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Soldier at computer controlling rocket launch.

‘Judge, jury and executioner’: why holding militaries to account for alleged war crimes is so hard – podcast

In this episode of The Conversation Weekly podcast, why is it so difficult to prosecute militaries for alleged war crimes? We speak to experts about the legal hurdles. And a look at why sarcasm is so difficult for children to understand.

By hanging around military bases in the US and Israel, Craig Jones managed to meet a usually very secretive group of people: military lawyers. A lecturer in political geography at Newcastle University in the UK, Jones’s research focuses on the consequences of aerial targeting and the legal advice behind it. And it led him to interview some of the military lawyers involved in targeted killing operations in Afghanistan, Iraq and Gaza.

In this episode, he explains what he learnt from these conversations – including the way different militaries interpret international law to suit their own purposes. “When powerful states do that and they do it for long enough, without too much opposition,” Jones says, “their argument is that has a habit of creating law itself.” If civilians are killed or injured in these strikes, militaries do sometimes step in to investigate when there is enough pressure on them to do so – but there is little recourse to justice for victims and their families.

Read more: 'Almost divine power': the lawyers who sign off who lives and who dies in modern war zones

There are other ways to trigger investigations into alleged war crimes, more specifically with the help of the International Criminal Court (ICC). Amy Maguire, associate professor at the University of Newcastle Law School in Australia, explains the court’s history and how its investigations work. “The ICC has a very small caseload: it has initiated only 30 cases over the past 20 years,” she says. Of these, so far only four resulted in the conviction of the suspects. Maguire explains the context of a newly opened ICC investigation into alleged war crimes in the Palestinian territories – and what might happen next.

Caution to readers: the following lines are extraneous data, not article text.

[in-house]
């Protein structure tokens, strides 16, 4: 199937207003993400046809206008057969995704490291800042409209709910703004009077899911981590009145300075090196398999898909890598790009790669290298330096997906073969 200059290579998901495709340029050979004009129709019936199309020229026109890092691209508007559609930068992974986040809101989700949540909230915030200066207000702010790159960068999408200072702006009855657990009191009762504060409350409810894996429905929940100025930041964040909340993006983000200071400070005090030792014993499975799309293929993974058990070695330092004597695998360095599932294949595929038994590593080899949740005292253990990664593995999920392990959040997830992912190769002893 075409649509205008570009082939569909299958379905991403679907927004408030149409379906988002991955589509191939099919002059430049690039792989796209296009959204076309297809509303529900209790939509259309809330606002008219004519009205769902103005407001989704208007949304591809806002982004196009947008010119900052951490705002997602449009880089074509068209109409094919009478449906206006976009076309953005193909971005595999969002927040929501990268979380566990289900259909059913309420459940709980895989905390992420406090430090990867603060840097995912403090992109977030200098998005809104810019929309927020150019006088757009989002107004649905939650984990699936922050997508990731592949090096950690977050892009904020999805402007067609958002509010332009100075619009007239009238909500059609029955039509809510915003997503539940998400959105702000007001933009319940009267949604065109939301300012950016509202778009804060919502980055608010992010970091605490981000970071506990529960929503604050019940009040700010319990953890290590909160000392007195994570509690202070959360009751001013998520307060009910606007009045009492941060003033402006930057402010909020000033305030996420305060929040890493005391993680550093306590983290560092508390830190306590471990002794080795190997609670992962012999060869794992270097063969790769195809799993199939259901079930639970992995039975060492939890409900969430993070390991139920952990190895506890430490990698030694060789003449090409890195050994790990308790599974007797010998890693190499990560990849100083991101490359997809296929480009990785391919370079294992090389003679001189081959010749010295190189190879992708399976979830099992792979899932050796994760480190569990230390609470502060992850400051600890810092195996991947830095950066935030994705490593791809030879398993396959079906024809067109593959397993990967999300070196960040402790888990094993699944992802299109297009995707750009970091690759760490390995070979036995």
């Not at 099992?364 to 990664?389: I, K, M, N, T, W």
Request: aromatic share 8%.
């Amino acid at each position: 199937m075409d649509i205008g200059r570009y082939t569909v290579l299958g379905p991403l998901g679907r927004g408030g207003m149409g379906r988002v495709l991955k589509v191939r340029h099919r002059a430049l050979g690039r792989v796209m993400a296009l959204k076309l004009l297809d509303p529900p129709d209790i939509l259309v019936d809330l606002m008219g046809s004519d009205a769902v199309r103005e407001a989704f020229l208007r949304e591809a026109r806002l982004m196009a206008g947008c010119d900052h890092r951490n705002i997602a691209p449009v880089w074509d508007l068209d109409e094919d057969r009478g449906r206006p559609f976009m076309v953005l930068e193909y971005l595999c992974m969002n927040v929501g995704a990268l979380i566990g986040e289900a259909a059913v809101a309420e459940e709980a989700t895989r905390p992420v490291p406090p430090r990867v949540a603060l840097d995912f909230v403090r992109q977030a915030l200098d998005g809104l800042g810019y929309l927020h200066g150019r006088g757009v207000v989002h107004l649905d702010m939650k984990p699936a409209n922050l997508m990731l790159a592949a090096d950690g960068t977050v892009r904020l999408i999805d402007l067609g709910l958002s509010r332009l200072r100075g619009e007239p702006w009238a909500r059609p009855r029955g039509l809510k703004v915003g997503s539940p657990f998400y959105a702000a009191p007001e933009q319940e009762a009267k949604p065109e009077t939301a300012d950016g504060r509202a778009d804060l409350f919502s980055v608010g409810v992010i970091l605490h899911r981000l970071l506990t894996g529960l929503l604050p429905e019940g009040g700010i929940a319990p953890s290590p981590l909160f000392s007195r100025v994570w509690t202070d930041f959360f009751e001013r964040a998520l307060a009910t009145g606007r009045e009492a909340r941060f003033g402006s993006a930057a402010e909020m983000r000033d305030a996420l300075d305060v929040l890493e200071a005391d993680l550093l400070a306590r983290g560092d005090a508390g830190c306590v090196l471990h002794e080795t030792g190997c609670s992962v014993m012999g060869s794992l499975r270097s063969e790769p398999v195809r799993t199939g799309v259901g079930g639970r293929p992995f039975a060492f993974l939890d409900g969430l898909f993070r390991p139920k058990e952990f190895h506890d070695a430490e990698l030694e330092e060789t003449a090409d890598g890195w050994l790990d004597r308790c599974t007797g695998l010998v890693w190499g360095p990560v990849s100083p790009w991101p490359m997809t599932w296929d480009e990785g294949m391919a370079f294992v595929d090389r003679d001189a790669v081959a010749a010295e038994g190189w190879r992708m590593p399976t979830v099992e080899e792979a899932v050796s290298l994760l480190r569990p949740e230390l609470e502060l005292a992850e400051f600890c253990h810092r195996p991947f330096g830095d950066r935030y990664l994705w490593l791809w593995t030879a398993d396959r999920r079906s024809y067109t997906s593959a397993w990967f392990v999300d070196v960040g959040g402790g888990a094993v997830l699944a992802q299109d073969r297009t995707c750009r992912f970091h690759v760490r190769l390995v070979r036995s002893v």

Read more: Why is accountability for alleged war crimes so hard to achieve in the Israel-Palestinian conflict?

In our second story, we’re delving into new research about the way children learn to understand language (28m37s). Specifically, sarcasm. Penny Pexman, professor of psychology at the University of Calgary in Canada, explains why sarcasm is so hard for children to learn – and how to make it easier for them.

Read more: Why it's difficult for children to understand sarcasm

And Megan Clement, a commissioning editor at The Conversation in Paris, gives us some of her recommended reading (38m52s).

This episode of The Conversation Weekly was produced by Mend Mariwany and Gemma Ware, with sound design by Eloise Stevens. Our theme music is by Neeta Sarl. You can find us on Twitter @TC_Audio, on Instagram at theconversationdotcom. or via email on You can also sign up to The Conversation’s free daily email here.

News clips in this episode are from Al Jazeera English, Channel 4, Democracy Now, International Criminal Tribunal for the former Yugoslavia, RT News, SABC News, CGTN Africa, BBC News, International Criminal Court, Arirang News and CNN.

You can listen to The Conversation Weekly via any of the apps listed above, our RSS feed, or find out how else to listen here.

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